So what needs to be wrapped up in August?
This is the time to take advantage of the plentiful supply of fruit available at farm markets, as well as bargains in the supermarket, and then to cram as much of it as possible into the freezer.
Peaches, pears, plums, apricots and berries taste so good pulled from the freezer on a cold winter day, but I don't have as much freezer space as I would like. I had a huge harvest of green beans in July, as well as a good broccoli crop, and now the tomatoes are clamoring for space.
It's almost enough to get me back to canning again. But not quite.
If temperatures go above 90 this month after all, the ripening peppers will not appreciate it. It helps the afternoon heat to drape some shade cloth over them while the afternoon sun is fierce. This also keeps cabbage from rotting.
If at all possible, keep up with weeds. This is the time their seeds are forming and setting up for next year's crop, so try to literally nip them in the bud.
The weediest spot for me is the asparagus bed. The combination of the tall, feathery stalks and the rather dilapidated fence makes it difficult to reach the fast-growing pigweed, purslane and spotted spurge. People have told me to use Round-up or salt, but I don't want to risk losing my favorite vegetable crop.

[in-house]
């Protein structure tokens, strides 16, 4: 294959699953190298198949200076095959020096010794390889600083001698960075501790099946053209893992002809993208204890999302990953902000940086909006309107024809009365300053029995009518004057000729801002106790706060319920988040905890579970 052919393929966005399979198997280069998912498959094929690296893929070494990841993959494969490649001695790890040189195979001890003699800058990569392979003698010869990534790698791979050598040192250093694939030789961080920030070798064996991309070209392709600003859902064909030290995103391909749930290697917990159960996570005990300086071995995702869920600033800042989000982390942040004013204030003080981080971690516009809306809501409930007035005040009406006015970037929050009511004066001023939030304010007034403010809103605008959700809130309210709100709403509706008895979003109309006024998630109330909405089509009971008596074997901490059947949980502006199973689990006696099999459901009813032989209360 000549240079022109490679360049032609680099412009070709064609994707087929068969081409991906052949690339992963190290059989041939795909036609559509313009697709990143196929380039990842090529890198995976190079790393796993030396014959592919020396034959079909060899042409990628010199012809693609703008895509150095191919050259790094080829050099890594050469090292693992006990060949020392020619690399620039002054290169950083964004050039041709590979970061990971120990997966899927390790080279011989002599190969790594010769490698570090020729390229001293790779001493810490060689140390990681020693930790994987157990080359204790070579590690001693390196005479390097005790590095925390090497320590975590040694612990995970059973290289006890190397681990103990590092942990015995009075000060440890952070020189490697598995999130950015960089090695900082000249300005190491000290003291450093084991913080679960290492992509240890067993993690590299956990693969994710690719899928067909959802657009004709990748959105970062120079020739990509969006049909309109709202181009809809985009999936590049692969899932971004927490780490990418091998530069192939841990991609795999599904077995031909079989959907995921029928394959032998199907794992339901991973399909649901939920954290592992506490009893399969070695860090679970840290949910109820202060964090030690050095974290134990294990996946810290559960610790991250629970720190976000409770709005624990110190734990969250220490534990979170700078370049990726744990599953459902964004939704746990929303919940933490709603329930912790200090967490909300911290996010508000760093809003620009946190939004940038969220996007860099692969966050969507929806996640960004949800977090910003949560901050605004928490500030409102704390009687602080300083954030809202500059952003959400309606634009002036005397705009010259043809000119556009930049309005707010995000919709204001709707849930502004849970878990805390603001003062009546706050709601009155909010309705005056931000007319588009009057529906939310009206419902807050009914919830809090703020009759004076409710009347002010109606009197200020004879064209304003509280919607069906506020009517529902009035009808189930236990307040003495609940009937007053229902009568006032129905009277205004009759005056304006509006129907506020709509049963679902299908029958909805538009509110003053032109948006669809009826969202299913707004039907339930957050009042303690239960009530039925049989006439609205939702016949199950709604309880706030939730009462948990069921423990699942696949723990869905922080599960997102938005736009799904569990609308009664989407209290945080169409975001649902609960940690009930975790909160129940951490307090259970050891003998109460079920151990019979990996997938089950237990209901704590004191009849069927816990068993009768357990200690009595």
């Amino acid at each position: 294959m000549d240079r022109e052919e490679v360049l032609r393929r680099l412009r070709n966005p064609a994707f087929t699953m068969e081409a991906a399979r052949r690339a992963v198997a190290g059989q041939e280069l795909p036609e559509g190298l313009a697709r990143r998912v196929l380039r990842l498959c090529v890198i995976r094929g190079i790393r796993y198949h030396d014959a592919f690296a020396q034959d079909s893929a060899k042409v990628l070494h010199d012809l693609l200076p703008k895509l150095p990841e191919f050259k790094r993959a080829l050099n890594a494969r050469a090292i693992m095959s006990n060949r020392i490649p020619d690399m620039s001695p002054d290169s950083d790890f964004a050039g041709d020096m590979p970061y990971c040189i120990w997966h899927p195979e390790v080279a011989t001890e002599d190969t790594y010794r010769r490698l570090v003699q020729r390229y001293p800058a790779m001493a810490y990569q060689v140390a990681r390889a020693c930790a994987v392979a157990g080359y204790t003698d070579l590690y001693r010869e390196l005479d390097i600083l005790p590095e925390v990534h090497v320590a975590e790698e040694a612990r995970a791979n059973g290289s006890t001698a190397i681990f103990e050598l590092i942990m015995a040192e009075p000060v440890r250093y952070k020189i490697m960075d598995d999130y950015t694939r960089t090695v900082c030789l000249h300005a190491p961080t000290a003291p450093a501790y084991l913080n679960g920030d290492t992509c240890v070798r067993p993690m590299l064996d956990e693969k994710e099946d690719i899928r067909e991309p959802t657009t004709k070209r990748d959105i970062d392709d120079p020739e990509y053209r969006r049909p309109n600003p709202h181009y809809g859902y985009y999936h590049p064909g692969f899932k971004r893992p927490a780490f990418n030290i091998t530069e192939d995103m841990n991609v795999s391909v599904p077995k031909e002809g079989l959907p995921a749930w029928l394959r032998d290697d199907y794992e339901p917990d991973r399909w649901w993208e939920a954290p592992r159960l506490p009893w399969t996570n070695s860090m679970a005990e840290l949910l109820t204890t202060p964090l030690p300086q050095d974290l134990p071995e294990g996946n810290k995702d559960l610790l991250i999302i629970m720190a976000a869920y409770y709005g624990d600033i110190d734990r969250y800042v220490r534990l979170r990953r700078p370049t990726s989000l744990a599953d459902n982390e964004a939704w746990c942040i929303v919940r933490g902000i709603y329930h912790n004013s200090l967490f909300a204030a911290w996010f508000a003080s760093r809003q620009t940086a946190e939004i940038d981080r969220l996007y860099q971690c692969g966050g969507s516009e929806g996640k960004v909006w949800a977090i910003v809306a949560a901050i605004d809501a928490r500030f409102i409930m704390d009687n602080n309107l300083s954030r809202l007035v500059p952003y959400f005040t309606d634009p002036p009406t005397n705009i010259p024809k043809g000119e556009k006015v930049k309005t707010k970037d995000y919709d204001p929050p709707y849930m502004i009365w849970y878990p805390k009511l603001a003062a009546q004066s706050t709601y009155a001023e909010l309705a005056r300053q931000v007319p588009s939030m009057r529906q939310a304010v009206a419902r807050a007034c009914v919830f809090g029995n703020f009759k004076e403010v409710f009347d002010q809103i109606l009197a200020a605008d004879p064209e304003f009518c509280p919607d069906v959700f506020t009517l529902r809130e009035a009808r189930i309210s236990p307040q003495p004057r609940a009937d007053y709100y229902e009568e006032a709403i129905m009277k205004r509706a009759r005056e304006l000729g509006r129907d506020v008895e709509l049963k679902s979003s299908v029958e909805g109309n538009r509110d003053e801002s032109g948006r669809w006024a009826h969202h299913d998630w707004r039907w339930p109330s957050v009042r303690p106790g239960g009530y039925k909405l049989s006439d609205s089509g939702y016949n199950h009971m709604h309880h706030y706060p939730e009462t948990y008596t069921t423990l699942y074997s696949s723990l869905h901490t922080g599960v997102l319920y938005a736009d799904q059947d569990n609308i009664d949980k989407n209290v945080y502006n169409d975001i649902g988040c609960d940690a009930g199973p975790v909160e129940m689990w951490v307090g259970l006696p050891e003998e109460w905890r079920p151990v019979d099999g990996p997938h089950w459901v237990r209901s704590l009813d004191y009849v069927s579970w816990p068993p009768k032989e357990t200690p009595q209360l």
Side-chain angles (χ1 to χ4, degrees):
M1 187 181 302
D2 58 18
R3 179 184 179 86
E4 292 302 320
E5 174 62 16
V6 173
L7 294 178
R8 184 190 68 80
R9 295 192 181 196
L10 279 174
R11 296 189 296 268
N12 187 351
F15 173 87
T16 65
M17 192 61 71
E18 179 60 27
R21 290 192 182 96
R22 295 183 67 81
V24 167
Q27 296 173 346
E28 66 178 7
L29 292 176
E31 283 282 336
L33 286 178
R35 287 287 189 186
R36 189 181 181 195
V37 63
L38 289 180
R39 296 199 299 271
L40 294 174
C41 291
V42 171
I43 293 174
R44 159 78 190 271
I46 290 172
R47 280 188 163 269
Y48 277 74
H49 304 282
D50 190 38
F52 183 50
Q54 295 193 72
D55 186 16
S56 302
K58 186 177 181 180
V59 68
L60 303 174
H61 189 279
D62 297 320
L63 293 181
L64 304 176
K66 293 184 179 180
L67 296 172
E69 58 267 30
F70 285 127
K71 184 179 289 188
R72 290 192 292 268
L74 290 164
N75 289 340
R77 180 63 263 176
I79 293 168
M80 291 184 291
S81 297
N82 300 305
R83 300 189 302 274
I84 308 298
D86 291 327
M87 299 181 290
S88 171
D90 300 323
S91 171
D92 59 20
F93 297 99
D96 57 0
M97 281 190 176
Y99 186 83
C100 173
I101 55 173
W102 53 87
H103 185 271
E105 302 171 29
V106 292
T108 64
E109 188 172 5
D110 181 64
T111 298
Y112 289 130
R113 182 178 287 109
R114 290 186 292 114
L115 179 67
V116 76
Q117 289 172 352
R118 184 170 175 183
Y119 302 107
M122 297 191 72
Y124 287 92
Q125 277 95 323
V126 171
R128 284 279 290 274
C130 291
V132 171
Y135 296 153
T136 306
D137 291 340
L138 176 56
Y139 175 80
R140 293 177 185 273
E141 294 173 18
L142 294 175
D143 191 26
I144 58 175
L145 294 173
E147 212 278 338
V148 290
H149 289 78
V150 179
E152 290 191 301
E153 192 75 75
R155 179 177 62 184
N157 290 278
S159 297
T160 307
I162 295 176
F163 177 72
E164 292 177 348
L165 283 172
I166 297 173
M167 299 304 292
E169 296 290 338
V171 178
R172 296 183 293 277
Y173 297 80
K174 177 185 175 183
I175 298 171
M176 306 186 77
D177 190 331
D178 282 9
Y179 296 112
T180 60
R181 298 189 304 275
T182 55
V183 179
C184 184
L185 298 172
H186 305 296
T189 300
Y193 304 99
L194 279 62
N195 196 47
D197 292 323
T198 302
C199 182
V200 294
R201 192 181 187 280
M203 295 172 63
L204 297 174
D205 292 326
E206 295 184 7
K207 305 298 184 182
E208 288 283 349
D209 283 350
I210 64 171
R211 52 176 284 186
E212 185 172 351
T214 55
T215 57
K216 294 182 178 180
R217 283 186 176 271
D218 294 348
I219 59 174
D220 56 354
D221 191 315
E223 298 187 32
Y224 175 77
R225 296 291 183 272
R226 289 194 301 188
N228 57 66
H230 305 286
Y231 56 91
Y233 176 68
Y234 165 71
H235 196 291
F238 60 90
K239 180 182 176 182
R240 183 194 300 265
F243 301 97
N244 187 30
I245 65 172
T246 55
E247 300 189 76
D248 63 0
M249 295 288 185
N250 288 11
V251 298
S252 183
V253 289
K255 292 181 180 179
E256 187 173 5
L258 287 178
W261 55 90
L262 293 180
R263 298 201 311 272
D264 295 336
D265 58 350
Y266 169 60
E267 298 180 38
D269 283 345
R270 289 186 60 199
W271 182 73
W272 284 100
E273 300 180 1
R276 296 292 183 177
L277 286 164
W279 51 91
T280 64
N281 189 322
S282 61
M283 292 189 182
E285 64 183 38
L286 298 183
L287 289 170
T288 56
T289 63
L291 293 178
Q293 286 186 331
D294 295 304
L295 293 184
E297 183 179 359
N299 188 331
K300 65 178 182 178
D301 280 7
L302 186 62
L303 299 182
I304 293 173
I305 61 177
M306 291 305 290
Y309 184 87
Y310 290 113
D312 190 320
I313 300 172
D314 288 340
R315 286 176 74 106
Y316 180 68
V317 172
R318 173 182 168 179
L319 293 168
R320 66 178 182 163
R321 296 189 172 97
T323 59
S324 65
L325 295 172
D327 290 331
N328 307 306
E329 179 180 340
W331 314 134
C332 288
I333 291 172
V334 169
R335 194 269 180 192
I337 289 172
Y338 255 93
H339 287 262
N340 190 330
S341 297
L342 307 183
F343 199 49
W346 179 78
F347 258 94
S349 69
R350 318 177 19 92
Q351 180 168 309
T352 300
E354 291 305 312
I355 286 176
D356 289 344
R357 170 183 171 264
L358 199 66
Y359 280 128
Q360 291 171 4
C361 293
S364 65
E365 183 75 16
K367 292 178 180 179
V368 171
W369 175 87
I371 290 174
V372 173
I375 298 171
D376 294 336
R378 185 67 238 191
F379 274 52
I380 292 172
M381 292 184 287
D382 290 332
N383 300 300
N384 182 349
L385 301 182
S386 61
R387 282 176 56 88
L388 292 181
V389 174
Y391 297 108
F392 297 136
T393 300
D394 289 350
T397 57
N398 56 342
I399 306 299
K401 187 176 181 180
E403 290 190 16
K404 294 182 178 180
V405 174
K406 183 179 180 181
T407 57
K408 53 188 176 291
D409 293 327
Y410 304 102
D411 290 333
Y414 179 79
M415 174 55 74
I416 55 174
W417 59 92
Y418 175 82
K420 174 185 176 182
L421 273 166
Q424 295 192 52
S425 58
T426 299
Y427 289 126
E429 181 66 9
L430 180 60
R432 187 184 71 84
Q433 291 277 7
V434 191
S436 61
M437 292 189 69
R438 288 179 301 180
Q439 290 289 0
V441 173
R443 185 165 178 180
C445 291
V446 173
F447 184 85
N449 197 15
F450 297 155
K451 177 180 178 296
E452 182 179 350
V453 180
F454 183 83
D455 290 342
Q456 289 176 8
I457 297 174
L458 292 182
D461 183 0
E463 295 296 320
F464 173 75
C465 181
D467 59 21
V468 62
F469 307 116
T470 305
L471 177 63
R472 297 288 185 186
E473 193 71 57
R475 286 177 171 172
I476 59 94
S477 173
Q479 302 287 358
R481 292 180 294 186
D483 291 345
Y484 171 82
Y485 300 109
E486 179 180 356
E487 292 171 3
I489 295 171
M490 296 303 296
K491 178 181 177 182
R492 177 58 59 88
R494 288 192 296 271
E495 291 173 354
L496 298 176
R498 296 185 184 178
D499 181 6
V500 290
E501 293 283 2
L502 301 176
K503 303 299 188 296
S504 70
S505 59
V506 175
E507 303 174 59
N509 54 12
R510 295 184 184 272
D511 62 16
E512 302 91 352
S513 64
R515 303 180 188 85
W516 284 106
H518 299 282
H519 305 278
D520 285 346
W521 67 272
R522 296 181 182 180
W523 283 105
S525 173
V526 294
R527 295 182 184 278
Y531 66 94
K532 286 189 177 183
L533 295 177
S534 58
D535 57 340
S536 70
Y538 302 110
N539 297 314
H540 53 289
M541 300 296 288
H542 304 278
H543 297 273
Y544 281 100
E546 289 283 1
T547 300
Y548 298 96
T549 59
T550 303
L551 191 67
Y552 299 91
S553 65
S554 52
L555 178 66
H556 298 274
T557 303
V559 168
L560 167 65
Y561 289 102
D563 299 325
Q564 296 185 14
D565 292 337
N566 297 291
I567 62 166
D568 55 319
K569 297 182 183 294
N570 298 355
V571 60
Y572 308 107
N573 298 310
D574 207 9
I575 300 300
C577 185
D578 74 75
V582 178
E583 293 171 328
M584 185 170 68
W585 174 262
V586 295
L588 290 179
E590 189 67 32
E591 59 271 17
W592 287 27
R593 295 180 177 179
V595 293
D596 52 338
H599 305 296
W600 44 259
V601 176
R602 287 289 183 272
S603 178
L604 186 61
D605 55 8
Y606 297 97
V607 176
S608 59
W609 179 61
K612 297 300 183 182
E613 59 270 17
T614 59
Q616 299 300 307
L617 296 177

Most of the tomatoes will be fully ripened by the end of the month, but if you have some stragglers, pick off late blossoms to hasten ripening of the still-green fruit.
Ormnamental grasses soon will be producing their feathery flower heads, having reached full maturity. These plumes will last all winter unless you cut back your grasses. If you do cut them, be sure to save the plumes to add to flower arrangements in the house.
Many annuals will bloom well into October if the fall is mild. Pinching back impatiens will encourage them to keep producing new buds as long as they are well watered.
A few infestations may appear on trees in August. Bagworms may be found on evergreens such as arbor vitae, spruce and juniper, in twiggy bags hanging from the branches. Pull these down and burn them.
Fall webworms construct tents on branch tips and these too need to be removed. If you open the tents with a stick, the birds will take care of the caterpillars inside.
This is also prime time for powdery mildew to show up on lilacs, azaleas and other shrubs and perennials. The grayish-white coating on leaves will not harm mature plants, although it is unsightly. Young shrubs can be sprayed with garden sulfur as a preventative.
August is not too late for a second planting of turnips, spinach, Swiss chard and salad fixings such as lettuce and radishes. Potatoes are probably ready for harvest, and garlic can be dug as soon as the leaves turn yellow.
Perennials may be looking a bit ragged by this time. A little pruning will help to keep things looking trim. Cut back lanky flower stems of hostas and daylilies and keep black-eyed Susan, daisies and phlox trimmed.
Of course, all this free advice is "Do as I say and not as I do."
Janet Del Turco is a local gardener and a graduate of the Ohio State University Master Gardener program. Contact her at firstname.lastname@example.org.